If the NHL adds another franchise to the mix in the future, there’s a good chance it will cost much more than the $500 million Bill Foley paid to spur the addition of the Vegas Golden Knights.
That’s according to Sportsnet’s Chris Johnston, who reported that the next NHL franchise is expected to cost between $600-700 million.
“Expansion is not formally on the agenda as owners gather Thursday and Friday in Florida, but there is a strong feeling that it will be discussed on some level,” Johnston said during Hockey Night in Canada’s Headlines segment on Saturday. “We’ve talked about Houston, we’ve talked about Quebec City in recent weeks. There’s also a key vote in Seattle on Monday where the Oak View Group could have its $600-million arena proposal approved by council to get things going. That will obviously get the attention of NHL owners should it go through.
“And with how well things have gone in Vegas on the ice, off the ice, all this interest that they’re getting, the feeling is that the next franchise in the league is going to cost $600 million to $700 million.”
The vote in question—on a memorandum of understanding between the Oak View Group and the city of Seattle proposing a redevelopment of KeyArena—could serve as the first significant step in Seattle’s bid to enter the expansion fray.
Commissioner Gary Bettman discussed the city’s chances of getting a franchise in October, telling Sportsnet 590’s Prime Time Sports that securing a building surely helps.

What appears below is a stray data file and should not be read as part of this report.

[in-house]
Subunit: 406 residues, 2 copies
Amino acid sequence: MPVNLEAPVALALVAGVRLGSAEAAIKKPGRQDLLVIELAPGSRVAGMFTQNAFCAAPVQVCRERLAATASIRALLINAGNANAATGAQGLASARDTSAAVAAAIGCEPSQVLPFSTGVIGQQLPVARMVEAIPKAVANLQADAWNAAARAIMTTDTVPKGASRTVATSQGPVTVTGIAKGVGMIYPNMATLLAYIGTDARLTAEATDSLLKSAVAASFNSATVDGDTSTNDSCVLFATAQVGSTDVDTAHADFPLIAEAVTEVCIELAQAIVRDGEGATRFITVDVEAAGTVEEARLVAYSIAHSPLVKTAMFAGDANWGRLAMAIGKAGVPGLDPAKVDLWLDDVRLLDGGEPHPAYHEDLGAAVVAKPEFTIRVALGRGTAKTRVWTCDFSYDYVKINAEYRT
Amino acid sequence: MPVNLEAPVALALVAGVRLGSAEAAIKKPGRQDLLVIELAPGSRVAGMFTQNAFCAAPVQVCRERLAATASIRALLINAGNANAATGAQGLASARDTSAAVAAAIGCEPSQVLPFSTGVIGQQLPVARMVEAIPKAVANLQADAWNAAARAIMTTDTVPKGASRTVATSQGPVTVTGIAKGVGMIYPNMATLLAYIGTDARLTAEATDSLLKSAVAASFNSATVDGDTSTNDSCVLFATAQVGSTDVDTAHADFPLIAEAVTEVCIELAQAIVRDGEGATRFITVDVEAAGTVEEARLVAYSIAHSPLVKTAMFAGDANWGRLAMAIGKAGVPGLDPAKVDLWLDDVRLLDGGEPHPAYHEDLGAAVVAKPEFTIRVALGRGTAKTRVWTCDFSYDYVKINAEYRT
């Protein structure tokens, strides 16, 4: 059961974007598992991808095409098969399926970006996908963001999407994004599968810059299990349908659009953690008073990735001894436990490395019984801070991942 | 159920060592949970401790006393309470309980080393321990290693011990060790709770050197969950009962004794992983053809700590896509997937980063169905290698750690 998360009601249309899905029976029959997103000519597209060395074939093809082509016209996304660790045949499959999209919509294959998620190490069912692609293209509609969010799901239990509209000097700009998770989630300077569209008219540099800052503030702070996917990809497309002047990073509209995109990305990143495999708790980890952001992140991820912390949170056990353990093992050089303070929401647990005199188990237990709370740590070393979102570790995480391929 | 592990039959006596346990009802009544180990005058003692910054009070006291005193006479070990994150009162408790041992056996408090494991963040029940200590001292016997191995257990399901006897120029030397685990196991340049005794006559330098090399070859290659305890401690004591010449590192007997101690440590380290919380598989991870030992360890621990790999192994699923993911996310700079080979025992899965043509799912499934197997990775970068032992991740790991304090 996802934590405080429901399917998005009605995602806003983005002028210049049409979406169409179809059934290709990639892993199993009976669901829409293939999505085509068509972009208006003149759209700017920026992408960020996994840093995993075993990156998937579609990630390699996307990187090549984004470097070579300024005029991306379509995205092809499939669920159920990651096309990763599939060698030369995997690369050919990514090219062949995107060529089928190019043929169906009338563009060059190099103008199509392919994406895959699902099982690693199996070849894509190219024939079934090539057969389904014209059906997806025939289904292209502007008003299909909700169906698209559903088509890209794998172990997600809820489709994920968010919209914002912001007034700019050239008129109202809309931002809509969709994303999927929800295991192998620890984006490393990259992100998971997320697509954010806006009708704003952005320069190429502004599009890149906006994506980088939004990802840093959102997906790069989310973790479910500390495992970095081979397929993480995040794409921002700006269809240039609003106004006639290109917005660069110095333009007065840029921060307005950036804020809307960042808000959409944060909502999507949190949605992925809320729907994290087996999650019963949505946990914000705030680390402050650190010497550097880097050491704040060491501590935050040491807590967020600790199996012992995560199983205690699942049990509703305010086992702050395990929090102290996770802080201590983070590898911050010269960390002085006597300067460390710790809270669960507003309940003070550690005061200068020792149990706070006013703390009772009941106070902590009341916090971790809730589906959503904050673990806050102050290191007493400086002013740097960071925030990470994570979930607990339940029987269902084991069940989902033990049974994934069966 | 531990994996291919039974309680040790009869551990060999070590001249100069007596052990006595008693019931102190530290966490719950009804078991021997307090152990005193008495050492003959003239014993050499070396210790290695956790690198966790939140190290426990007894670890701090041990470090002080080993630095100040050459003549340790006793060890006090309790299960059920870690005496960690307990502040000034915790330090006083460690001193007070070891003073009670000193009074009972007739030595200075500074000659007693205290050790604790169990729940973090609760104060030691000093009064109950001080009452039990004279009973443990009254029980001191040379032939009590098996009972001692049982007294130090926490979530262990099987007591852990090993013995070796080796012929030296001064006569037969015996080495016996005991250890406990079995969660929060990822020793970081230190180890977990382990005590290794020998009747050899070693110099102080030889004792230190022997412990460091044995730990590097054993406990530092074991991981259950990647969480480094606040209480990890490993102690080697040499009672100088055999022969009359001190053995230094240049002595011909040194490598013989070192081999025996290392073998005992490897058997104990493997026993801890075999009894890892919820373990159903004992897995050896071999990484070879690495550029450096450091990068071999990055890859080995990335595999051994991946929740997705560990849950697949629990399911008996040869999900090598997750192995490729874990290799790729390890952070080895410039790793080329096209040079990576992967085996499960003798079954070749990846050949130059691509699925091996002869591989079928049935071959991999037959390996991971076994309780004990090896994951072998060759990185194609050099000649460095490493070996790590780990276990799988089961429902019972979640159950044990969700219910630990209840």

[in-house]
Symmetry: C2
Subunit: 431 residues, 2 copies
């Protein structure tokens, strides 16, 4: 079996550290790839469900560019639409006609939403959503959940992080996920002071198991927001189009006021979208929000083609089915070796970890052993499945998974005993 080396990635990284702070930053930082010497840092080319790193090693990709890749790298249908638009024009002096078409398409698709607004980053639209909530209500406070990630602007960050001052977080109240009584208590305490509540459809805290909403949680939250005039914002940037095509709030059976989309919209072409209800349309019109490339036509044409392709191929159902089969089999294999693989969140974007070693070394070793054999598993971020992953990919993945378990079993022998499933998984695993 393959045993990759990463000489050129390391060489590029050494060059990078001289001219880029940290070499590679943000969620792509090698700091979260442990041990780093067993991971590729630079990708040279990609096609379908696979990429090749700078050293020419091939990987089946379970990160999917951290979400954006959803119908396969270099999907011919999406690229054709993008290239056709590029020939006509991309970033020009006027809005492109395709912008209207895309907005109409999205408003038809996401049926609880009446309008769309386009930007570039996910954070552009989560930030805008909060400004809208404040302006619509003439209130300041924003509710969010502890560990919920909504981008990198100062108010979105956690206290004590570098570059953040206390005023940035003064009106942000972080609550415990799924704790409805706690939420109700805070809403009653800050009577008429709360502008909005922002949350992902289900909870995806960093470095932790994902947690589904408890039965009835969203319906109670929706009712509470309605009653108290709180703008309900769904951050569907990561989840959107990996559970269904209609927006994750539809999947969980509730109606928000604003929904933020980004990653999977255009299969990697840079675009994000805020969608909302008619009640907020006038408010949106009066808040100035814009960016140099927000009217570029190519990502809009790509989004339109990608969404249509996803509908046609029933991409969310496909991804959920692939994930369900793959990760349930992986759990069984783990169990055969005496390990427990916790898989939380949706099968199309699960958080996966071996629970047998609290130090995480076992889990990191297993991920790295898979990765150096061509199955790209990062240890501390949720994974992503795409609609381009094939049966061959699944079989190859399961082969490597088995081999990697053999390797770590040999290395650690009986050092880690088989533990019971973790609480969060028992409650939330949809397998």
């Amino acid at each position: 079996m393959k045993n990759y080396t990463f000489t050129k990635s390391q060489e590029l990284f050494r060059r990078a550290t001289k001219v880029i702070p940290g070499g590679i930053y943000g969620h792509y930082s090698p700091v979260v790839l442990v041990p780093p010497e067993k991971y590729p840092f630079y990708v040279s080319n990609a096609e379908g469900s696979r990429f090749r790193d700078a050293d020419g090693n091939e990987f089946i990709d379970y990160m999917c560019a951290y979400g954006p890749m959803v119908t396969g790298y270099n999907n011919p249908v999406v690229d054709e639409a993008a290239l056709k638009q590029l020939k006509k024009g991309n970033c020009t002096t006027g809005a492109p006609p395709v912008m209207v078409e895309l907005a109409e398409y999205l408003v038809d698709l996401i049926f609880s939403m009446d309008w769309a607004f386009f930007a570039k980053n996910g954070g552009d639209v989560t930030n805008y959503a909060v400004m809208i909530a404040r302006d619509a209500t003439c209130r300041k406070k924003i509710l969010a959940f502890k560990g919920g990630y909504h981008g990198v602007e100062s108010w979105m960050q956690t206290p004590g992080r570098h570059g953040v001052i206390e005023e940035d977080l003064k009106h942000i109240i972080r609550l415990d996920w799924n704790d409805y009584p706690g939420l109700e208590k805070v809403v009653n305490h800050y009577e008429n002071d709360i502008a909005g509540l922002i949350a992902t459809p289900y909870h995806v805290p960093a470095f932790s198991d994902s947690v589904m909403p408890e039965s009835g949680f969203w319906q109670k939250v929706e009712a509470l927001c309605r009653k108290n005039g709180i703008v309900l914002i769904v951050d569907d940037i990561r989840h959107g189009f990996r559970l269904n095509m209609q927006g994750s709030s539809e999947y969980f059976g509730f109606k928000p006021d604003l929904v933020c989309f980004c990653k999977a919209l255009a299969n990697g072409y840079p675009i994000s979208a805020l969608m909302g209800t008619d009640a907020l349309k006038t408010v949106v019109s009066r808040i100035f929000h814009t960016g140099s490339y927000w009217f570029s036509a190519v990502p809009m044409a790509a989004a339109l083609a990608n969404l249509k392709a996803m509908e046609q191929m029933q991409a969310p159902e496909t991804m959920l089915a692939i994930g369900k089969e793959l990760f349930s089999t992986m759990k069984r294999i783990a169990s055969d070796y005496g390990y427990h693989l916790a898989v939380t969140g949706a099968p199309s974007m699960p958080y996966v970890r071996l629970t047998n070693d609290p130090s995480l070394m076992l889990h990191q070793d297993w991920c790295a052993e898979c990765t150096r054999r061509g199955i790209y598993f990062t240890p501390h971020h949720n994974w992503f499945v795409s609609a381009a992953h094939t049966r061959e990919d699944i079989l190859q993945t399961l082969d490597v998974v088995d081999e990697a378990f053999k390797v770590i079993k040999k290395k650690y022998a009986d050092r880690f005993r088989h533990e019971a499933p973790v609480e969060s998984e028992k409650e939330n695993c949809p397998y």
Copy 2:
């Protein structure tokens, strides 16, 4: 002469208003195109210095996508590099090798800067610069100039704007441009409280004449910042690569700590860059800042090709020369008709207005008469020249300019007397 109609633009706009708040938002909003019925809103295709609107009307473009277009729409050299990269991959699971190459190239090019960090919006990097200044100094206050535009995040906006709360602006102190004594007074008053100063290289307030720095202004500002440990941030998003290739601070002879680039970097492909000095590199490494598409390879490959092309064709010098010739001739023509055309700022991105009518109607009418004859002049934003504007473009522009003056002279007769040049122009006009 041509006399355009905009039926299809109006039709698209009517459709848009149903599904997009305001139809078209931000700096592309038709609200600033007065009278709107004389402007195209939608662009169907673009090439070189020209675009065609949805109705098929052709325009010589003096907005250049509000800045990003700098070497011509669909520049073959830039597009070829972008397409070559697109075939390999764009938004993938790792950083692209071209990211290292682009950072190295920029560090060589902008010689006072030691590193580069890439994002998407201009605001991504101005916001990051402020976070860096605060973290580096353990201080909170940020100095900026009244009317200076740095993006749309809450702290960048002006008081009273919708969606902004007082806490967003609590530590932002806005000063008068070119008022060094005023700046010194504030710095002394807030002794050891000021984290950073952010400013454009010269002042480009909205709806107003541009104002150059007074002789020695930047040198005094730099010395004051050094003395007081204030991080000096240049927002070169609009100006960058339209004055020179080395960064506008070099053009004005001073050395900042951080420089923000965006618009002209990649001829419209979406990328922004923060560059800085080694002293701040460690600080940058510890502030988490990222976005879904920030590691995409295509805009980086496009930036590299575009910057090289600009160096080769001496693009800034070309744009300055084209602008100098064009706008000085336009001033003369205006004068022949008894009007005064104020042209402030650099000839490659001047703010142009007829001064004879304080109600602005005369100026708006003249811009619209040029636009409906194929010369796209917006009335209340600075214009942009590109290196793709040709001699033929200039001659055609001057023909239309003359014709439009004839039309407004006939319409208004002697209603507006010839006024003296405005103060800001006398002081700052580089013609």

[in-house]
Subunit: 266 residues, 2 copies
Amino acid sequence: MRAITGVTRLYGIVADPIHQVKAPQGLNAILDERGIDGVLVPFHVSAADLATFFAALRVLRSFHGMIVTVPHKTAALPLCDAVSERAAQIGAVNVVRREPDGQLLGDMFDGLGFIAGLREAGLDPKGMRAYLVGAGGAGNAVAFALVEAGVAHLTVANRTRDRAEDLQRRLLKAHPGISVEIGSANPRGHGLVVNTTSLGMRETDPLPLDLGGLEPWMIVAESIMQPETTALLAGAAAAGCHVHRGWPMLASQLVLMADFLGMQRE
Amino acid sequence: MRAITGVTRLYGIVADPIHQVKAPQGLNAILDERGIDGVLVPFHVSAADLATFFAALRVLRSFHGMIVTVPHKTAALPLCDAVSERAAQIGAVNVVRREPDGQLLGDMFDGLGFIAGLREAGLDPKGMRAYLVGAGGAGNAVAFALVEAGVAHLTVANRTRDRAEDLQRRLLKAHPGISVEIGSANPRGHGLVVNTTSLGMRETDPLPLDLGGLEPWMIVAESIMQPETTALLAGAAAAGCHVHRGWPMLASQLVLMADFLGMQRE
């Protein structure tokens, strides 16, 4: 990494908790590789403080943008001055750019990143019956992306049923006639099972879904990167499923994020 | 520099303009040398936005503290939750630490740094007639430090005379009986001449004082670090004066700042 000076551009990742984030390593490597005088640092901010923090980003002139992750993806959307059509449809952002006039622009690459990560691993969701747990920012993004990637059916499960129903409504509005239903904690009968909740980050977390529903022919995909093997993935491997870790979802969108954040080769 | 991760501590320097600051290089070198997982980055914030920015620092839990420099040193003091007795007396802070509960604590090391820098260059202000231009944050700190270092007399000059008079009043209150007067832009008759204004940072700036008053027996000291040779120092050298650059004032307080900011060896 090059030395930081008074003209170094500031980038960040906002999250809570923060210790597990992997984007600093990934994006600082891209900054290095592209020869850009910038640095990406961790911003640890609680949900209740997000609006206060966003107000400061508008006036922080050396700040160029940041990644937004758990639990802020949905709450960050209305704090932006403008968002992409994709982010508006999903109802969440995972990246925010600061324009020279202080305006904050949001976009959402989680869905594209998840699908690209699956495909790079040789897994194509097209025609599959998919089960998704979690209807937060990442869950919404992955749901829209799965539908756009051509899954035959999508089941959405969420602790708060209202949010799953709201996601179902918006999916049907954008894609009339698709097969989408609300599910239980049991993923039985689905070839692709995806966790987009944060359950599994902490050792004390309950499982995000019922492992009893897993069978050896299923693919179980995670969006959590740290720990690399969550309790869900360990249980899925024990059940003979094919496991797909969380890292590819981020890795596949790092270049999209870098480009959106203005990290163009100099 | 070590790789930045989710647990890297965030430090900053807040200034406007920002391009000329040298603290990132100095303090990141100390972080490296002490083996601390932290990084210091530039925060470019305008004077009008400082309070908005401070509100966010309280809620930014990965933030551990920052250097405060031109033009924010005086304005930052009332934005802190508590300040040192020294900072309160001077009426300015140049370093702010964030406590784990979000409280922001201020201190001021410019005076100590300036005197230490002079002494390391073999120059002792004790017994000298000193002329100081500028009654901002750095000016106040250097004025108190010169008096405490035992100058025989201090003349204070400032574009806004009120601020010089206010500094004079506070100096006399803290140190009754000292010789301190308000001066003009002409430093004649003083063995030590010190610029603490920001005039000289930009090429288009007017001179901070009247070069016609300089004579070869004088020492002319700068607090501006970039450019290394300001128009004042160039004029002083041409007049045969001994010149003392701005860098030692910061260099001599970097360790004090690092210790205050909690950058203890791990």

“You need to believe that a building is going to come out of the ground. And if not, bad things will happen,” Bettman said. “This is really jumping ahead because we would have to be in a place where we say ‘OK we want to commit to a franchise in Seattle. Here’s what has to happen, here are the terms of engagement.’ We’re nowhere near that.”
Not yet, but a majority vote from the nine-member council on Monday would certainly move Seattle one step closer.
The Golden Knights’ $500-million price tag was the most costly in NHL history thus far—by a long shot. The two previous clubs to join the league, the Columbus Blue Jackets and the Minnesota Wild, each paid $80 million in expansion fees back in 2000.
Nashville and Atlanta paid the same in the two years prior, while Florida and Anaheim each coughed up $50 million in fees before that, one tenth of the price paid by Foley for the Golden Knights.
However, as Johnston said, the league’s 31st team has already begun reaping the rewards of that hefty sum, drawing interest from locals and the hockey world alike as their club continues what has already been the most impressive start of any franchise in league history.